Director: Junji Hanado
Release date: 2002
Depending on where you look, Hitsuji No Uta is listed as The Lament of a Lamb or Lament of the Lamb – to keep this distinct from the anime I have reviewed under the first variant.
Clearly therefore this is based on the manga of the same Japanese title and thus follows pretty much the same basic story. However there is very much a different focus within that story as we shall see.
The story begins with dreams, dreams of a girl in a kimono, of blood dripping and of red smeared over a white painted face. These are the dreams that haunt Kazuna Takashiro (Shun Oguri), a young orphan. He lives with his Aunt and Uncle and his classmates seem to think he might be unwell as he has been sleeping in class a lot.
He enjoys watching a girl called Yaegashi paint as she seldom laughs. She has been painting a still life and when she tries to remove the canvas she cuts her finger. He mentions his dreams as he helps her with the canvas but when he becomes aware of the actual blood he faints. When he comes round he claims he must be a little anaemic and then agrees to model for her.
On the way home he sees the face of a girl on a passing train that triggers a memory, as does the sound of a temple bell that his Aunty has bought. His uncle offers to adopt him but the old memories are clearly haunting him. He looks in a photobook and remembers his father walking away when he was a child and then dreams of his mother, for the first time in years.
The memories cause him to find his old house, cutting class and missing his modelling session with Yaegashi as a result. He had snuck to the house once before and it was empty. He remembers that his father took his sister and left him with Aunty and Uncle, making him feel abandoned. The house is now occupied by Chizuna (Natsuki Kato), his older sister. She tells him dad is dead, he died 6 months ago and Uncle is aware of it, and that she suffers from an incurable hereditary disease, a vampire disease that makes her crave blood. She tells him to leave and not come back. At home Uncle, unaware that Kazuna has spoken to his sister, maintains that his father is alive.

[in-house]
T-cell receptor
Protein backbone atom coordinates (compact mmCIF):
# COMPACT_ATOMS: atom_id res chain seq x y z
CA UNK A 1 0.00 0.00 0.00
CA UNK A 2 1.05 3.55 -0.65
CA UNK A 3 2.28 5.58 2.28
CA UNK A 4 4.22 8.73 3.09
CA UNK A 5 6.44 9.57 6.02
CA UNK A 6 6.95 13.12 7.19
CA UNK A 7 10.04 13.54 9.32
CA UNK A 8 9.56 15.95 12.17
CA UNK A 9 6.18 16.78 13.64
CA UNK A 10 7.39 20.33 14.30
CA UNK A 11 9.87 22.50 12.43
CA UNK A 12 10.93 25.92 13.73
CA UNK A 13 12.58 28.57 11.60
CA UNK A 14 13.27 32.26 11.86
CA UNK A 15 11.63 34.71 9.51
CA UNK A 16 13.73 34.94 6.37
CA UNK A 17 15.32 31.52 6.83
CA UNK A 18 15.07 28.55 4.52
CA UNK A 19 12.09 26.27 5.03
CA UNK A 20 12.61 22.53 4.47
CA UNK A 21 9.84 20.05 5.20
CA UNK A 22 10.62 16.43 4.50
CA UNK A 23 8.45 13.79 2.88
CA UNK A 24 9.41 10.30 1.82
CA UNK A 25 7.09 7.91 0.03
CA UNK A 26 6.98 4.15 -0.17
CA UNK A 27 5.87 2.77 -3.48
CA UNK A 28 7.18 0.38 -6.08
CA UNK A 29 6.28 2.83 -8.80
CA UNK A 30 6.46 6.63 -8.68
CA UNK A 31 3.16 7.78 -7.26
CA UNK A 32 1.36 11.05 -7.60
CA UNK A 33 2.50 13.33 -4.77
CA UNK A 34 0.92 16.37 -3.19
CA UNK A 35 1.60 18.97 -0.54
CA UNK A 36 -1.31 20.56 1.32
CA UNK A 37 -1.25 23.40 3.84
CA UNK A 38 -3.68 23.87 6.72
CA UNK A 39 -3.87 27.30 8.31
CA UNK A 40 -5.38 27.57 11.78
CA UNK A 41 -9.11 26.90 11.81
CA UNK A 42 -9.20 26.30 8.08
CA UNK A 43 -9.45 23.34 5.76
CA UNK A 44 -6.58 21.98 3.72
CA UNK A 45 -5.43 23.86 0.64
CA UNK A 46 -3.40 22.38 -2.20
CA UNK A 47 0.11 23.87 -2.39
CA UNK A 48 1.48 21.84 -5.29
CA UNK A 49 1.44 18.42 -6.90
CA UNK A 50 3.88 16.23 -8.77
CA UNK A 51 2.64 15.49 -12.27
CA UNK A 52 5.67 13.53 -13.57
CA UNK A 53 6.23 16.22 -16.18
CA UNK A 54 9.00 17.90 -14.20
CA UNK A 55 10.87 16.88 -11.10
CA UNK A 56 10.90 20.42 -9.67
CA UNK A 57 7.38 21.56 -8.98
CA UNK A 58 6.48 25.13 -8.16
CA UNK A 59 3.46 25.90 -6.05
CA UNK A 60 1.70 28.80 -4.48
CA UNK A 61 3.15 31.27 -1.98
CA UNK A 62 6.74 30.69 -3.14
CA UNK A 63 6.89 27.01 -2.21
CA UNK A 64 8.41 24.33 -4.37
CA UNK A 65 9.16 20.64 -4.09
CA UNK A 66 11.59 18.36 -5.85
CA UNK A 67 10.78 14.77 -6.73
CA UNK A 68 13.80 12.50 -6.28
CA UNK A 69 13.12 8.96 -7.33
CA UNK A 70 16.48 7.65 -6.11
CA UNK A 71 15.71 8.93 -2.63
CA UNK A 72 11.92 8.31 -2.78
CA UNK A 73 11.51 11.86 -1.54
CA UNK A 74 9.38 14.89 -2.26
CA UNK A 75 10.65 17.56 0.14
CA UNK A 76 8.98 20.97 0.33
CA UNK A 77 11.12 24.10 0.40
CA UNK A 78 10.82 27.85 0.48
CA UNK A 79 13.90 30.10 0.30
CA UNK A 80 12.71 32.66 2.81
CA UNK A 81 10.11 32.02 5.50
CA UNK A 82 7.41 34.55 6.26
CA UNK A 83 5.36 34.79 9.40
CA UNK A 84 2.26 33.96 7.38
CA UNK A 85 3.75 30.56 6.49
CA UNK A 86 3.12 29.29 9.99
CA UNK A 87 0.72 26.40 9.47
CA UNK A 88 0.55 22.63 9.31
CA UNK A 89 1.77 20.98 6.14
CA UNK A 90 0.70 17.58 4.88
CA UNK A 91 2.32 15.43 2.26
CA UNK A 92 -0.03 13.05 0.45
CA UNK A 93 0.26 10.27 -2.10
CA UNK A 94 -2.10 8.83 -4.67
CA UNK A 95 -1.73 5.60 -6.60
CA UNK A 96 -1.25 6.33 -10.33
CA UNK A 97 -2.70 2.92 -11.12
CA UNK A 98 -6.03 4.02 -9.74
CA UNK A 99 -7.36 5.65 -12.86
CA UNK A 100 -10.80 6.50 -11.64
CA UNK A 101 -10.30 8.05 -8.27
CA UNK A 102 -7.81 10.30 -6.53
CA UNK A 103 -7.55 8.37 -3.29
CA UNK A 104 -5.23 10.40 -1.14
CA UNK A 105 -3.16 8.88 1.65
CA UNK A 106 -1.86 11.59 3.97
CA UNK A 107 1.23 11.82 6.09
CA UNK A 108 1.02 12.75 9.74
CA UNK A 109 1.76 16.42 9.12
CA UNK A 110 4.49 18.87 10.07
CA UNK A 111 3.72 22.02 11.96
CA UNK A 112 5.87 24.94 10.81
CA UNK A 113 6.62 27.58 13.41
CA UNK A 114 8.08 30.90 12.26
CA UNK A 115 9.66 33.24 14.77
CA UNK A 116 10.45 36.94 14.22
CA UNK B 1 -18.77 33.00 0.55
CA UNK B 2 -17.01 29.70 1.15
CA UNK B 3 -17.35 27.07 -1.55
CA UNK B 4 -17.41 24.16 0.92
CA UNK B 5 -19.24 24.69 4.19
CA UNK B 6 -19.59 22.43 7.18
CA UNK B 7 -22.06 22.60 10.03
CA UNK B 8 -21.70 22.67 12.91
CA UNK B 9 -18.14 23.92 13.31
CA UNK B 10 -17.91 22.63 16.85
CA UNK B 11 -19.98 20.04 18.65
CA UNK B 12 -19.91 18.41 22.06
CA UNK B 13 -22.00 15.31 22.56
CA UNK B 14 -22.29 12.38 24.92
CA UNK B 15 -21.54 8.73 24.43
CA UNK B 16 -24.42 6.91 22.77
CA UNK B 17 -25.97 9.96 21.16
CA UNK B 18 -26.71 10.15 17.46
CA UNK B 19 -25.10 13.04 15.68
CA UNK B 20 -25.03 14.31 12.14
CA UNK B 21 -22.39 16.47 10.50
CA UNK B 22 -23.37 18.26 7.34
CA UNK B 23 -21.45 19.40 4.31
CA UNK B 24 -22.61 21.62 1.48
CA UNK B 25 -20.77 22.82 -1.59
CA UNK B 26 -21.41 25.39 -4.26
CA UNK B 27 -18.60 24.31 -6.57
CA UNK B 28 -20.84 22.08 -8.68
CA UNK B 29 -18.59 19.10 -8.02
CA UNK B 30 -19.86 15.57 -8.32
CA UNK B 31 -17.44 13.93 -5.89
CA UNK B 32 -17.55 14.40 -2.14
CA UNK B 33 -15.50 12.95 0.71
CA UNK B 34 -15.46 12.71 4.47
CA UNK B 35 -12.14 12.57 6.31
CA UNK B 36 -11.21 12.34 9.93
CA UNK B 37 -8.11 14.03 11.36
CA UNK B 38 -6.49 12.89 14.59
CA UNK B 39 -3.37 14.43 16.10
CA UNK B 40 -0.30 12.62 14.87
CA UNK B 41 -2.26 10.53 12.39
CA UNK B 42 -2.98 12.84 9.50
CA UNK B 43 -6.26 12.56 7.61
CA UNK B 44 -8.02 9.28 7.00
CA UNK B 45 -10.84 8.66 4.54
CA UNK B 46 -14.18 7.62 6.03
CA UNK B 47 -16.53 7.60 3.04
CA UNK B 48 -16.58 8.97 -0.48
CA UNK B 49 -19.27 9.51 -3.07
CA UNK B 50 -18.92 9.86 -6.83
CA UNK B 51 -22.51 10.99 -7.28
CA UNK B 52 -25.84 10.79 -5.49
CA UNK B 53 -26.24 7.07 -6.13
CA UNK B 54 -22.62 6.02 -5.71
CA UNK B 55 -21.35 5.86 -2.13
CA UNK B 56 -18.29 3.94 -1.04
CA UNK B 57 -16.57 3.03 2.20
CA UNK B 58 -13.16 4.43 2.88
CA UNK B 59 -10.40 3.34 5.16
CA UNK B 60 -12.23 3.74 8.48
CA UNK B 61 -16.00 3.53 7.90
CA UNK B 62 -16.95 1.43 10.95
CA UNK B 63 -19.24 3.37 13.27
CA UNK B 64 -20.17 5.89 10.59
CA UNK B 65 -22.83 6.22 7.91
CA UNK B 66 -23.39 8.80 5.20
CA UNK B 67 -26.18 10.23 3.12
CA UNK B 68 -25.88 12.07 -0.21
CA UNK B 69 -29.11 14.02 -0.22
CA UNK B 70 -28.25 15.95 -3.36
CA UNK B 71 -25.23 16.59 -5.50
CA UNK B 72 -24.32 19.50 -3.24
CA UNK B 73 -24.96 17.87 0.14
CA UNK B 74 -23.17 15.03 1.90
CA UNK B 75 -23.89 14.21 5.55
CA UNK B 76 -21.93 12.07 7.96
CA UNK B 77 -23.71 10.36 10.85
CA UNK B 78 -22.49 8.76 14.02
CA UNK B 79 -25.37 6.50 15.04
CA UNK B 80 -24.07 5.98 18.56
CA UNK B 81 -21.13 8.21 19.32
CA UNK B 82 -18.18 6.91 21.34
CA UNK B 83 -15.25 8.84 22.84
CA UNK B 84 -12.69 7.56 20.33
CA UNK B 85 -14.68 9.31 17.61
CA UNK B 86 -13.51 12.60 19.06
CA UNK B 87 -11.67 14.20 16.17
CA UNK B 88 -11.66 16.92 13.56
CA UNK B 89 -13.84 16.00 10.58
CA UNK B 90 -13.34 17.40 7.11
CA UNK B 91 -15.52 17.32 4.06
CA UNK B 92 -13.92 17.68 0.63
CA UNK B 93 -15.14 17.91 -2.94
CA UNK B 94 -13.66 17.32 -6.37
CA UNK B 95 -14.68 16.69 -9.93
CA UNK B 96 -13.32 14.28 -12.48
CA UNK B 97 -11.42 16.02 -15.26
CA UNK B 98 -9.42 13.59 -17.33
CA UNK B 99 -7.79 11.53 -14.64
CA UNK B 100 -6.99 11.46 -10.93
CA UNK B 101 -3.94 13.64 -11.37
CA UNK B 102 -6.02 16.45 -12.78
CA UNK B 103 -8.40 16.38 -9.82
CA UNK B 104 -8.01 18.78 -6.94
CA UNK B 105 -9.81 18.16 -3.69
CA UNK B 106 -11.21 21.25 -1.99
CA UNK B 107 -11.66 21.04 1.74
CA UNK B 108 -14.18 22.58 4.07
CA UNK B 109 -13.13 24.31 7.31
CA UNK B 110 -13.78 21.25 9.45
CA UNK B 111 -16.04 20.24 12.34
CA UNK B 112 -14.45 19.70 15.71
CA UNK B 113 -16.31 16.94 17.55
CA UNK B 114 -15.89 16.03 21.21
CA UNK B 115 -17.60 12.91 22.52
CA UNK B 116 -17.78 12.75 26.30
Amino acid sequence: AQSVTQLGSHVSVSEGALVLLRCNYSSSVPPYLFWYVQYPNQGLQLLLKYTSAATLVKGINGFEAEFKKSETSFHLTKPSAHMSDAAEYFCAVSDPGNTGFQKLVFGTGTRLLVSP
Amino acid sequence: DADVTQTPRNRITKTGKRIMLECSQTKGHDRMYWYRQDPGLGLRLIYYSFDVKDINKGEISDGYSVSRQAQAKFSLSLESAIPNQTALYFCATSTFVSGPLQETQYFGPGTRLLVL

The next day he models for Yaegashi but a sudden rain causes them to have to clean the art room floor. She gets red upon her hand and he leaps upon her – an action she takes very much as an aggressive, and yet not unwanted, sexual advance. He, however, can only see himself biting into her neck. He runs from the room and out into the rain. He imagines slaughtering his classmates.
This is where the film is somewhat stronger in content, for a brief moment, than the subsequent anime and the sequence works really well. From the fantasised attack we next see him led outside the familial house, unconscious in the rain, by Dr Minase. Minase worked with his father and is trying to help Chizuna. The disease has been passed down the maternal line – it killed their mother – and it was thought that Kazuna had escaped it as boys tended not to develop it if they did not show symptoms by the age of two. The only two vampires are the siblings.
This is the thrust of the film, a sense of isolation and abnormality as a metaphor for growing up and puberty. Kazuna leaves his family (those who have actually cared for him), as well as deliberately breaking Yaegashi’s heart, so that he might protect them all from his disease, whilst he develops a bond with the one person who he believes can understand him, his sister. There is a theme of replacement – Chizuna replaced her mother in her father’s eyes and Kazuna replaces his father for Chizuna – but the underlying hints of incest that were in the manga and anime are not readily apparent, it is more replacing on an emotional and caring level.
The darker familial secrets that appeared and the underlying obsession felt by Minase also fail to materialise in this, but are only really missing if you knew they were there in the other formats.
This is a slow paced film, a drama exploring growing up – though it misses, in some respects, the more familiar coming of age story. Perhaps not as lyrically beautiful as the subsequent anime it is still worth time and effort. However, if you manage to track down the DVD you will then have to track down a subtitle file online. 7 out of 10.
The imdb page is here.
Tuesday, May 12, 2009
Director: Junji Hanado